Last year Justin Vernon (aka Bon Iver) broke up his band and disappeared Thoreau-style into a log cabin in Northwestern Wisconsin. Armed with little more than a firewood ax, an acoustic guitar, and some home recording equipment he emerged a few months later with For Emma, Forever Ago – an album that perfectly expressed the pain of a difficult break-up and the isolation of a cold and lonely winter. The communal appreciation that the album has received in the months since its (re)release is in stark contrast to the reclusive nature from which it was created. It’s a dichotomy that comes with albums of such convincing, brutal honesty – whether it’s to commiserate or to be able to acknowledge they “got it better than that guy,” people are helplessly drawn to the misery of others.
Soltero’s You’re No Dream has a similar back story to Bon Iver’s album, and could very well find itself with a similar reception. After the full band sound of 2005’s Hell Train, Soltero singer-songwriter Tim Howard decided to strip down his songs and record a simpler, more personal follow-up. As the liner notes say, he set up shop in a Philadelphia house and started borrowing instruments from friends. What resulted is a brooding, dark folk album meant for late night listens in isolation. But that’s where the commonalities to Bon Iver end—Soltero’s sound is more akin to the trippy, slow-folk of Beach House than Vernon’s rustic soul. The desperate little songs from You’re No Dream unravel as though from a dream, gently imposing their subtle melodies through repeated listens.
Howard’s deep whisper of a voice doesn’t show a great deal of range, but it does suit his introspective songs well. His vocals come cloaked in reverb and, combined with the gauzy atmospherics, give You’re No Dream a hazy, dream-like palette. This is music built around a sustained mood and mystique—like something created out of some pretty severe sleep deprivation. Opener “Honey Say It” begins the album in an understated manner with rolling acoustic guitar, whistling, and a disarming melody. Howard sings about how a “cold feeling got me through the year,” a theme that is revisited in “Out At The Wall” when he sings “I was made for this kind of weather.” That song moves through several different melodic sections, combining a strong narrative with some unexpected musical lefts and rights. And just like that, You’re No Dream has established the mood and pace it carries through everything that follows.
As a whole, Howard’s lyrics probably won’t knock you out, but he does manage to drop a line or two per song that may. In “Drag-Out Blues” the line “when I’m beside you, I am beside myself” may read like romantic earnestness, but Howard’s subtle play on words makes one question the song’s true intent. Later, the sweet folk melody of “Sinkhole” is brought home by an even sweeter sentiment in its closing line (this time without the intended double meaning)—”and today, I’d marry you tomorrow.” It’s a love song alright, but more of one from a manic depressive than a hopeless romantic. “Prick On The Prowl” is just as ominous and sexually explicit as I See A Darkness-era Will Oldham. Its music could score a dark-forest stalker movie, but it’s offset by lines like “tonight I will drink myself out of my skull/ Drink until my dick cannot stand up.” But it’s the opening line of “Ol’ Holiday” that catches the overriding theme of You’re No Dream most succinctly—”you have given me a gift/ It’s a fog and it doesn’t lift.”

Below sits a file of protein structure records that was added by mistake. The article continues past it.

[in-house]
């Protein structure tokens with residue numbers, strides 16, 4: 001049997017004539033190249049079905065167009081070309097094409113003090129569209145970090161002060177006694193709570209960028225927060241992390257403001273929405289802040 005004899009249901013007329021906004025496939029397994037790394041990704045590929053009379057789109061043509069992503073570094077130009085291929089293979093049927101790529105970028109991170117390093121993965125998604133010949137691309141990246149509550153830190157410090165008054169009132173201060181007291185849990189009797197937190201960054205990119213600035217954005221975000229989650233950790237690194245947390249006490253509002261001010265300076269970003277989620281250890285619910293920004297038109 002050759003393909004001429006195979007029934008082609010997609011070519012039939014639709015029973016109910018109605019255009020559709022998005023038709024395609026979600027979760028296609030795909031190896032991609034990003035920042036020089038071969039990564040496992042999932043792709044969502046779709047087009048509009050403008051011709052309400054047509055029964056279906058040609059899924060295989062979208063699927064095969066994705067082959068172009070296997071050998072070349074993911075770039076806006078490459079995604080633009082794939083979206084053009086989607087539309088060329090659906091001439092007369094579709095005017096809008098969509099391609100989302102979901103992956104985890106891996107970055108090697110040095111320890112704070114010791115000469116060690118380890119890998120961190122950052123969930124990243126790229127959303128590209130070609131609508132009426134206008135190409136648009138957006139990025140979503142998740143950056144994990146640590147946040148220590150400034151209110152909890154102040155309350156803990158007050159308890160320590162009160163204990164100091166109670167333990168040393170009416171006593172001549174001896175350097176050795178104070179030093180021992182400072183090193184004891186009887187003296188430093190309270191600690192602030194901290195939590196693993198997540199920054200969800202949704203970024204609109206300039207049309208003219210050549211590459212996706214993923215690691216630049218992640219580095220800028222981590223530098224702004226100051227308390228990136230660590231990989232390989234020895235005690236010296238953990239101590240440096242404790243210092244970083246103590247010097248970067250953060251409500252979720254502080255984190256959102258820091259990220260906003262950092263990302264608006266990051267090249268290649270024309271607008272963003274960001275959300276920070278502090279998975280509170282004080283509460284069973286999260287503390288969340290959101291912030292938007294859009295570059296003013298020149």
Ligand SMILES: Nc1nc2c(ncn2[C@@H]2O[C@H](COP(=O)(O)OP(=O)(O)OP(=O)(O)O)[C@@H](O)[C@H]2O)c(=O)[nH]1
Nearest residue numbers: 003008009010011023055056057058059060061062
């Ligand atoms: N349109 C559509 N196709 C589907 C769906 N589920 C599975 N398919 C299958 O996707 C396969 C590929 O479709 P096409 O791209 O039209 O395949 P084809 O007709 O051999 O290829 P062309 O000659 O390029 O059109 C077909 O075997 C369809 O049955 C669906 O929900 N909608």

The title You’re No Dream itself seems like an uneasy self-reassurance that the current condition of the songwriter is in fact real, and not the result of some sort of murky dream. The album dances between these two places—waking life and sleep—in a way that doesn’t feel completely comfortable in either state. It is a dark and stunningly subtle record that is lightened by its closing song, one that houses its prettiest melody but reveals just where this narrator is coming from. “Lemon Car” is a love song of the highest order, with a central line that seems to be ripped straight from the heart. When he sings “you’re the only one I ever loved/ You’re the only one who ever loved me back,” there is a sense that he’s ending this medicated song cycle with some glimmer of hope, a revelation that it hasn’t always been this bad. Then you realize he’s singing a love song to his automobile, pleading with it to tell him “how this highway feels,” and all you can do is say damn, I’m glad I don’t have it as bad as that guy.